Oh, and the evidence is that Germany’s CO2 emissions, are falling. As for fusion, that’s a long way off and I’m doubtful they’ll be any cheaper than existing nuclear reactors. Still worthwhile developing the technology, but we need to get away from this myth of fusion as being this holy grail that will magically solve everything.

    • Paul Baars says:

      The reason I do not like waste burial is that sooner or later it will inevitable come back to haunt us. It may be safe according to science now, but that only reflect our current view on these matters. Let me give an example.
      Russia dumped their nuclear subs in the Kara sea about 50 years ago, it was considered safe by then (by the Russians at least). Only to find out that these are a danger to the environment now and are in the way of oil drilling.
      What about storing HLW for 100,000 years? Who will now what was buried where? It is simply irresponsible to do.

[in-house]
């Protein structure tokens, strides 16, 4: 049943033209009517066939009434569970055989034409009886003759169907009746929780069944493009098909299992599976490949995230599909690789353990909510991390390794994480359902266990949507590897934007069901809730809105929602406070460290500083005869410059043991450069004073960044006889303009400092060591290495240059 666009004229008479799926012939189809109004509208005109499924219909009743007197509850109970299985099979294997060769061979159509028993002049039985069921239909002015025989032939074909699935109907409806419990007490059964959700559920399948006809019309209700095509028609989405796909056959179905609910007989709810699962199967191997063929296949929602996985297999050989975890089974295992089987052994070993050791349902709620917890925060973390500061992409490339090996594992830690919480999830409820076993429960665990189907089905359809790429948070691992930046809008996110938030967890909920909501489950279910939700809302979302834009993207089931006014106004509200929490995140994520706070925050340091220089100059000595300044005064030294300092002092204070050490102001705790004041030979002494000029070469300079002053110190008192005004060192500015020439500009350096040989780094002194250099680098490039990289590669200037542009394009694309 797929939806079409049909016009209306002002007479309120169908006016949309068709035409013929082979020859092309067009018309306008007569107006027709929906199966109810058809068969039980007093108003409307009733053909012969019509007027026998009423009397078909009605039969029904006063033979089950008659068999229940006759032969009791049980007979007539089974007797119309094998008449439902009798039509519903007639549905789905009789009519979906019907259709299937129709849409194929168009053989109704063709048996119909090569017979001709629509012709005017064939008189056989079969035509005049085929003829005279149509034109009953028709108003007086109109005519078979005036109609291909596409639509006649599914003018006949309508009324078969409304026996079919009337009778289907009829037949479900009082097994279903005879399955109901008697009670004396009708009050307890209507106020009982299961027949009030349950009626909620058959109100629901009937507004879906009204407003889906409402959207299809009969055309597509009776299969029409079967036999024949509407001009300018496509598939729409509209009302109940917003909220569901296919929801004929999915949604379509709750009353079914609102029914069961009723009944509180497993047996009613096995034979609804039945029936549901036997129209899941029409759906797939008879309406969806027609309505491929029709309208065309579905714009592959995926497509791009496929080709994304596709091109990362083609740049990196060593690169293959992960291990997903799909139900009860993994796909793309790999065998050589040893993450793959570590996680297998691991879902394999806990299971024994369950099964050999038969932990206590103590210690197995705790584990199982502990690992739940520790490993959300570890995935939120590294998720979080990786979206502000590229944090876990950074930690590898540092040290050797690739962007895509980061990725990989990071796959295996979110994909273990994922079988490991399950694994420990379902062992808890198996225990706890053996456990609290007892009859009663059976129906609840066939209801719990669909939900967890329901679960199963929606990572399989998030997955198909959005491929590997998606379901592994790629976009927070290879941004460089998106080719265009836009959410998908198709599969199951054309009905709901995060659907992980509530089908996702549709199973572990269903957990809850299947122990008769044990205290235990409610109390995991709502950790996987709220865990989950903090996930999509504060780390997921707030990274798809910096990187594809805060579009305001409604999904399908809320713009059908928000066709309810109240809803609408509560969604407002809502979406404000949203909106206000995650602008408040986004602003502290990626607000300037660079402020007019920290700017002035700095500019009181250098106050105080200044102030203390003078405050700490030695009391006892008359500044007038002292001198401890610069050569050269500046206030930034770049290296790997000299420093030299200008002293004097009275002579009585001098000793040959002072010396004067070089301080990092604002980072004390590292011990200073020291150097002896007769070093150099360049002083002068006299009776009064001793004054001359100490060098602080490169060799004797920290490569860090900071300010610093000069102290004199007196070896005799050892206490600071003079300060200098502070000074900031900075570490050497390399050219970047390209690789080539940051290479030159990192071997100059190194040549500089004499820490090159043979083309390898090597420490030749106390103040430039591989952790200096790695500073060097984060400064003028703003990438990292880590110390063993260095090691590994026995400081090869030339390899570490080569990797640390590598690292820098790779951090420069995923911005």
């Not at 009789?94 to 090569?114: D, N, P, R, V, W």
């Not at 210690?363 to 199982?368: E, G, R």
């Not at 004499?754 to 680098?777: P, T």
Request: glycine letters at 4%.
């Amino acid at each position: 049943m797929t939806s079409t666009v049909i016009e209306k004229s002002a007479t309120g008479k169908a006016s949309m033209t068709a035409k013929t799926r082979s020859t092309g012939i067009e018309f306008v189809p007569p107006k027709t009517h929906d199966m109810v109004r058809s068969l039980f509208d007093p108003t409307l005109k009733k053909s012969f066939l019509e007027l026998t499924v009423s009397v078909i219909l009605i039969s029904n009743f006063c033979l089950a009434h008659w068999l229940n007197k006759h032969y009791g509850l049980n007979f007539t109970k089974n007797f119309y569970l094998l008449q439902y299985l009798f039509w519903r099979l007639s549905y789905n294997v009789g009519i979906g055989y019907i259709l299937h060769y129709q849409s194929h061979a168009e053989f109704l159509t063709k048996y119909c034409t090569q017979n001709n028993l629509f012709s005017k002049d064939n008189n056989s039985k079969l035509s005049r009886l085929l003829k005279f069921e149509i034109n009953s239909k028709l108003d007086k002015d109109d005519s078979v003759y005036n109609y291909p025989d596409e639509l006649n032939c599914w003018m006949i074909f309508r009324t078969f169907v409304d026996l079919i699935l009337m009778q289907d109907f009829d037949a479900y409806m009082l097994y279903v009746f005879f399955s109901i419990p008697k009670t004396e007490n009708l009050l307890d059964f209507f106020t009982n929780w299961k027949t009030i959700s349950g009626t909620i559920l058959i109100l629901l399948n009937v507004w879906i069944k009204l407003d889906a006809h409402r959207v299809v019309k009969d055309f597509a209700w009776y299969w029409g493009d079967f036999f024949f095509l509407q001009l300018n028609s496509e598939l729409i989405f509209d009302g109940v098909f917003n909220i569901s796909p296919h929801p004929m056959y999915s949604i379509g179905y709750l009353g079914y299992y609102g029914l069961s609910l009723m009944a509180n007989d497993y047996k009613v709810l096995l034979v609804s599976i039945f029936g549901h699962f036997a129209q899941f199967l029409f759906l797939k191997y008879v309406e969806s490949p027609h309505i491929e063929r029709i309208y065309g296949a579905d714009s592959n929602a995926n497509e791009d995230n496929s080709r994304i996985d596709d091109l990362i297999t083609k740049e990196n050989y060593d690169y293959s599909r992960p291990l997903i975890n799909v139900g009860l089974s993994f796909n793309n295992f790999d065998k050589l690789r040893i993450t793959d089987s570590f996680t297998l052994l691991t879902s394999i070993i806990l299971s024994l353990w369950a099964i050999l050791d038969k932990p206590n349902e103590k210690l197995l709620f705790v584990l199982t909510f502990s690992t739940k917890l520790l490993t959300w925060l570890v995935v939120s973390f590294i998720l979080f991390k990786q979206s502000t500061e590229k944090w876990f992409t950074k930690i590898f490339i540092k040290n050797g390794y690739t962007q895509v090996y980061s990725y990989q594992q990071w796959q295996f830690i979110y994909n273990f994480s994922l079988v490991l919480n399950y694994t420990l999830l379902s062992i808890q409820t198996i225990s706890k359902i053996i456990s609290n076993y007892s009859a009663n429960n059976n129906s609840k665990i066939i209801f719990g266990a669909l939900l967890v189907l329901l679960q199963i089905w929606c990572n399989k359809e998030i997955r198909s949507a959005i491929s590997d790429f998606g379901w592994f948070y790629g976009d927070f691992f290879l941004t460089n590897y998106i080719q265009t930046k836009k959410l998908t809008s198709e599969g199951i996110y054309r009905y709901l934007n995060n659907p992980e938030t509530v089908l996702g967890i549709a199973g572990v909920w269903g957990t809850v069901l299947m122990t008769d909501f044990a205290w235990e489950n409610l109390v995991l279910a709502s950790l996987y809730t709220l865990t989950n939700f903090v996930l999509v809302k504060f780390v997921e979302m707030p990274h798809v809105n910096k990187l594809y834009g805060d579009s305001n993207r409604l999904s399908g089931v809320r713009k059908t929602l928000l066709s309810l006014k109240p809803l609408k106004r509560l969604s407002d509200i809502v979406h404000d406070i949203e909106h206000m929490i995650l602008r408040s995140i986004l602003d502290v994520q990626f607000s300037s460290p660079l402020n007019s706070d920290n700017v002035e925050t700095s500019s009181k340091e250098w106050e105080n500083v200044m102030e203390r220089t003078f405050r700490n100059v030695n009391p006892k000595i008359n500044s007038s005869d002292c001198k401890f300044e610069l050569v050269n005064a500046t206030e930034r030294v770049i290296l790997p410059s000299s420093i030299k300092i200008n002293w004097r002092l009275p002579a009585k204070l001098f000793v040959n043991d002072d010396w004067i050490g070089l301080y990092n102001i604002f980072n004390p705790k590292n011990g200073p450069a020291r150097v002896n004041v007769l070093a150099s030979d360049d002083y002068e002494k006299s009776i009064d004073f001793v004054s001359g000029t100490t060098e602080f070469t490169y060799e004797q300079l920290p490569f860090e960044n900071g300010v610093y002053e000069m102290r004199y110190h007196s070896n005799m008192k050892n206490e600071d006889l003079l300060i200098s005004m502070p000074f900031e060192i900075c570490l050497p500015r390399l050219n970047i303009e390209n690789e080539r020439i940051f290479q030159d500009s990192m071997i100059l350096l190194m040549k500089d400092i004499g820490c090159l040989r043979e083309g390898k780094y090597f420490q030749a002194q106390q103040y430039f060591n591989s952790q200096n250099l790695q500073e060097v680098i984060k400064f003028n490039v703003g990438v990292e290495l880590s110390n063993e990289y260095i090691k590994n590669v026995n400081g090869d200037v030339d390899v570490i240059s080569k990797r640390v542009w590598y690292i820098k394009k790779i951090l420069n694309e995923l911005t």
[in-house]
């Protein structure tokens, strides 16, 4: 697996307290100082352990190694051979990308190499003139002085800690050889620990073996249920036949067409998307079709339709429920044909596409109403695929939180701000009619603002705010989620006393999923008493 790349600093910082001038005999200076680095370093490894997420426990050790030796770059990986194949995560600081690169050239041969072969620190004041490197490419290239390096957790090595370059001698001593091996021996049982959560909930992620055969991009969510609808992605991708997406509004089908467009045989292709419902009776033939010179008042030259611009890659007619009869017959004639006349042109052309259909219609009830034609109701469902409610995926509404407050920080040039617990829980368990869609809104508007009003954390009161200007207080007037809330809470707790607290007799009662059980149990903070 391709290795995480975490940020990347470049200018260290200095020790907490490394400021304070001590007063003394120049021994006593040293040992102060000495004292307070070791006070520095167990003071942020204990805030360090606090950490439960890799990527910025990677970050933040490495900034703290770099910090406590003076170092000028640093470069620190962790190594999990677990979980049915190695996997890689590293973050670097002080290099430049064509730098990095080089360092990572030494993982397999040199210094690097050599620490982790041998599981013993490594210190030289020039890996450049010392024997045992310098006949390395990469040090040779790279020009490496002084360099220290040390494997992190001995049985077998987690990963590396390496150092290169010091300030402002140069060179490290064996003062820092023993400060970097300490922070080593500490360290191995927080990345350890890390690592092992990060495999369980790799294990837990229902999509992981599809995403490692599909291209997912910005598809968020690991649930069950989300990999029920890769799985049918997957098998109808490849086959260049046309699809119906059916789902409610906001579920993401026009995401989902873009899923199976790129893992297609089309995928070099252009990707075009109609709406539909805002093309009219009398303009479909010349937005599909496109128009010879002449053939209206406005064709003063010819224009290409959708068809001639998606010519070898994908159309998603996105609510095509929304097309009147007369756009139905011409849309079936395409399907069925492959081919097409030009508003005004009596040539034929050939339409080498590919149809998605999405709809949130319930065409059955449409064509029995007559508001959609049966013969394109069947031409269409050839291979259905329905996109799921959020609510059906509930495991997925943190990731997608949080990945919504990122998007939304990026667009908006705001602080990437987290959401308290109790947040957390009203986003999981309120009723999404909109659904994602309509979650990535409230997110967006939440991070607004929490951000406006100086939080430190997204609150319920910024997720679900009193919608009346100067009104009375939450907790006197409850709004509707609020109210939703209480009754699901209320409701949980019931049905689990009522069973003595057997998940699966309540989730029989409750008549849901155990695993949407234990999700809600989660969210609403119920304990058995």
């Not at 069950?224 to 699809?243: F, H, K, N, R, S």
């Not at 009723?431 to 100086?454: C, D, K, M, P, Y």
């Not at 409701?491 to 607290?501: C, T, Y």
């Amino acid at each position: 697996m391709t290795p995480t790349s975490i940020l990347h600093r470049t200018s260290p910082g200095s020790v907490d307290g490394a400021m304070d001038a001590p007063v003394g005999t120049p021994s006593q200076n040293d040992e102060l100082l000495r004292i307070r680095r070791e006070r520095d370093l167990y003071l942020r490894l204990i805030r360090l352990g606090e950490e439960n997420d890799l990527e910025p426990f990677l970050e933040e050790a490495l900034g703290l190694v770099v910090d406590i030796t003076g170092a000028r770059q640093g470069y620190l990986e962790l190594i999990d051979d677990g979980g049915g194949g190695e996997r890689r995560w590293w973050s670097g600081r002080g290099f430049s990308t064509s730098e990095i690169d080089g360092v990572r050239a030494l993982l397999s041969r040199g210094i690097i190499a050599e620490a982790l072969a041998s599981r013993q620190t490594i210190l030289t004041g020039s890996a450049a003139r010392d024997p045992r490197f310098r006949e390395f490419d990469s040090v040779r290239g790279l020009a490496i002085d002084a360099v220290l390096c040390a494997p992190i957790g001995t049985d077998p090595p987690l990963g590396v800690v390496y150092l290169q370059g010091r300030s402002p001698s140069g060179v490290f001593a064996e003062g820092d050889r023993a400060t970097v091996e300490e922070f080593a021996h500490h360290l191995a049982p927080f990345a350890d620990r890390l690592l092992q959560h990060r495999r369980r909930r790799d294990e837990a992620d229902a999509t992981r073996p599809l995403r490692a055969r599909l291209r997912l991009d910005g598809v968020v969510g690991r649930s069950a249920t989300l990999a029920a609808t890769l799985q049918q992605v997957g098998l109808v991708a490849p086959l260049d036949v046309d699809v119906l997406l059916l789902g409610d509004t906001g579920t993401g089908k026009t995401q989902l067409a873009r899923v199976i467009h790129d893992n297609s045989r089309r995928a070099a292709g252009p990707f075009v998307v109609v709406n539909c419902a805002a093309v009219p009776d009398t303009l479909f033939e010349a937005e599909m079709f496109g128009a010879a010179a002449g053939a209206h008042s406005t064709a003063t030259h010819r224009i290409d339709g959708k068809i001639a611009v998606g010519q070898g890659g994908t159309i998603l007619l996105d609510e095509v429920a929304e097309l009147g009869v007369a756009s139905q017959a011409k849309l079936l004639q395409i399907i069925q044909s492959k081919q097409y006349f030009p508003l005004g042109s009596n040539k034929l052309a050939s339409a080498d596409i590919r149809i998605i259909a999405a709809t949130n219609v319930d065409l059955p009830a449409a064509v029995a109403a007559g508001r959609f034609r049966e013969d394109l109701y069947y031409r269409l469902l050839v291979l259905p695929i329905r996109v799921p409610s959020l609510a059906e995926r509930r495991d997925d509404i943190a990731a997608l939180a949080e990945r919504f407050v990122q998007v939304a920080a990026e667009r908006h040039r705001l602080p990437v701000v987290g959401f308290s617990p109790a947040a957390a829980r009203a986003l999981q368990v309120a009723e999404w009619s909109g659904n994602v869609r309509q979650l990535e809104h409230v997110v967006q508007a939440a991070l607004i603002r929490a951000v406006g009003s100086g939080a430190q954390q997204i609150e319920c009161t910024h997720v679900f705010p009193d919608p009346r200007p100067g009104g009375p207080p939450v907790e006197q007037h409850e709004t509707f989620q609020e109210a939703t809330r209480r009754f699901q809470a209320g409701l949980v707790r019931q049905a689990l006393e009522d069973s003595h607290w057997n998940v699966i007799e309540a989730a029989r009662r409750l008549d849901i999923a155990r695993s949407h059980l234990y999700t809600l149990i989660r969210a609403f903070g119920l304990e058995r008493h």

• daryan12 says:

        The word’s “Russia” and “nuclear safety” shouldn’t share the same sentence. The Russians also believed that sailors should take regular doses of vodka to sweat out the radiation. There’s a world of a difference between dumping stuff off the back of a ship and burying it deep underground. And I have to point out the irony, that you objected to “bias” information from anti-nuclear sources a few comments ago, yet you will now swallow verbatim anything coming out of Bellona or Greenpeace when it happens to support your argument.